It was a discussion about lame commercials of the '70s which led Splatt Winger, host of KXLU's "Brain Cookies", to dub me "The Hans the Woodcrafter of the guitar". We were at X=Art, a short-lived but truly fun and memorable club, and I don't recall how the subject of commercials came up. We went through various classics, like the dancing musical "Cup-o-Soup" commercial, and the switch to the nauseatingly conformist "I'm a Pepper" from the more likeable, underachieving "Dr. Pepper, So Misunderstood...". There were the commercials that led to careers, like the bank commercial that brought both the Carpenters and Paul Williams to prominence through "We've Only Just Begun"...Or another bank commercial that rocketed Sandy Duncan to short-lived fame, or Rodney-Allen Rippey ("I can't, I got...unh..."). There was the Coke commercial that led to the "I'd Like To Teach The World To Sing" hit. And then somehow I brought up Hans the Woodcrafter, and Splatt let out a hollering "Yes! Yes!" of recognition. We ran through our memories and checked them against each other, for the delivery, the dialogue ("Carnuba and monton!", "Look at that shine!", etc.), and whether or not Hans was played by Bo Svennson (we decided we thought he was). Why we were so excited about this is pretty near impossible to explain, but we were. This is the kind of thing where, if you get it, you get it, and if you don't, you take a step back or two back and excuse yourself. In retrospect it doesn't seem very rational. But then I've only been accused of that on rare occasions.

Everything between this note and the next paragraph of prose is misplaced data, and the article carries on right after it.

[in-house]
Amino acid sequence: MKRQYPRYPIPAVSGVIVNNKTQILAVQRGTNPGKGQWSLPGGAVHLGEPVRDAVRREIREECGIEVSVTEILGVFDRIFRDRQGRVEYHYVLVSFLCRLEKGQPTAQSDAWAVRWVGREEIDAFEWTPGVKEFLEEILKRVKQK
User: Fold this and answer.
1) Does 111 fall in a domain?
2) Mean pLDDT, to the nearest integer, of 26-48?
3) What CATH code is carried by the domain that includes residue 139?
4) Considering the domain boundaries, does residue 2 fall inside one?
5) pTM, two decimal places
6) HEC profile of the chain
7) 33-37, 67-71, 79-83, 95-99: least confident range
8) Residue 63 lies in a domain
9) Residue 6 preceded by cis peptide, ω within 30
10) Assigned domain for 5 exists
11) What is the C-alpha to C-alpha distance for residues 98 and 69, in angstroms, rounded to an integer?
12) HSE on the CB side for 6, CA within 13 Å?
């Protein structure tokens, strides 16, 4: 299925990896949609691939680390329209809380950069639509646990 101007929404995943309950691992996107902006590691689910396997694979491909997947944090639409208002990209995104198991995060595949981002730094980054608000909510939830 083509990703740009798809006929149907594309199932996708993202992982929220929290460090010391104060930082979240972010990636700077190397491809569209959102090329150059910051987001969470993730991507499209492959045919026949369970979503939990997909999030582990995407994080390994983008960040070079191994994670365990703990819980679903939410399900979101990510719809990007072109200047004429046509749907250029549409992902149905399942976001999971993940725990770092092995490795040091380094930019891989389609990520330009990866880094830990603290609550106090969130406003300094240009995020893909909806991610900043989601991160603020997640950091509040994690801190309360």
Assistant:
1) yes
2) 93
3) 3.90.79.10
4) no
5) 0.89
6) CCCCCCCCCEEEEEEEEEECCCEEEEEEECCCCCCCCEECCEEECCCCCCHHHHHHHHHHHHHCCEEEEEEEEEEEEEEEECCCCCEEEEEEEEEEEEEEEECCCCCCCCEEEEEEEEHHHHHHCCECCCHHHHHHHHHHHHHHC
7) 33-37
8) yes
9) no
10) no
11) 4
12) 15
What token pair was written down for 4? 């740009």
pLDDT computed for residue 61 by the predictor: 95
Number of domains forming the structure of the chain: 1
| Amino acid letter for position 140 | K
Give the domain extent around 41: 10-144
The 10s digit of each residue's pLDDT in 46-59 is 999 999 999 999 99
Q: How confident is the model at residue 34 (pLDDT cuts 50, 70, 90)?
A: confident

But anyway, Splatt said, "Well, that's it. Dude- you ARE Hans. From this day on, you are the Hans the Woodcrafter of the guitar, the only guitarist with both carnuba and monton." There was no point in arguing, I'd been dubbed.
The other night, once again for no reason I can recall, another product of the advertising arts invaded my thoughts; a mythical fella named Aldo Cella. He was this short guy with a mustache, looked like Dennis Franz or my brother Jeff, all decked out in a white suit and a white hat, with various beautiful women pawing at him saying "Aldo...Aldo!"etc., like he's the first guy to figure out what to do with a clit. A total "Seven Beauties" takeoff. He makes his way to a bottle of Cella wine, opens it, and to the camera, he smiles, looks up through the caresses of his laidy- er, lady friends, and says, "Chill a Cella!" Very heavy on the Guido, when the guy was probably from Pasadena. Hadn't thought about this in years, but...there it was again. Meanwhile there's always things in my immediate environment that won't stay in my head five minutes. Gives me a feeling of dread, truth be told; alzheimer's runs in the family. But I can push back the fear and cover it up, along with all sorts of other things, with babbling inanities that make me laugh:"Aldo...Aldo!!! Aldo!!"
In the far distant time of my first decade, I can recall the wonders of cheap commercials on the cheapest of the local L.A. stations, channel 13. They had a giveaway contest called "KCOP's Galaxy Of Prizes", and the commercial involved a large poster, and zooming in at various speeds on various parts of it. The opening had the wonderful bad sound of a worn-out 8mm school film: "You can WIN!!!" (A warbly fanfare sounds.) "Fabulous PrrEYE-zezzz!!!" (More warbly fanfare.) "With KCOP's Galaxy of Prizes-zez-zezez......" Meanwhile, the camera is twisted side to side and zoomed in and out from the promo poster, until at the end, someone spins the poster very quickly in front of the camera. Imagine the worst possible version of what I'm describing and you'll probably have a pretty good idea of what it looked like. Now the commercial went on to show fuzzy close-up shots of little print ads for their various advertisers. "Spend a night on the Riviera...convertible sofa that is!" "Win a fabulous mink stole!" [breathy woman's voice:] "From Mannis furs...". etc. The Riviera folks had their own commercials, as did several of the Galaxy of Prizes sponsors. Chrissy eventually learned to understand the absurdity of me saying, out of
nowhere "I spent a night on the Riviera- convertible SOFA, that is!" She will sometimes say this to me out of nowhere too. And I like it.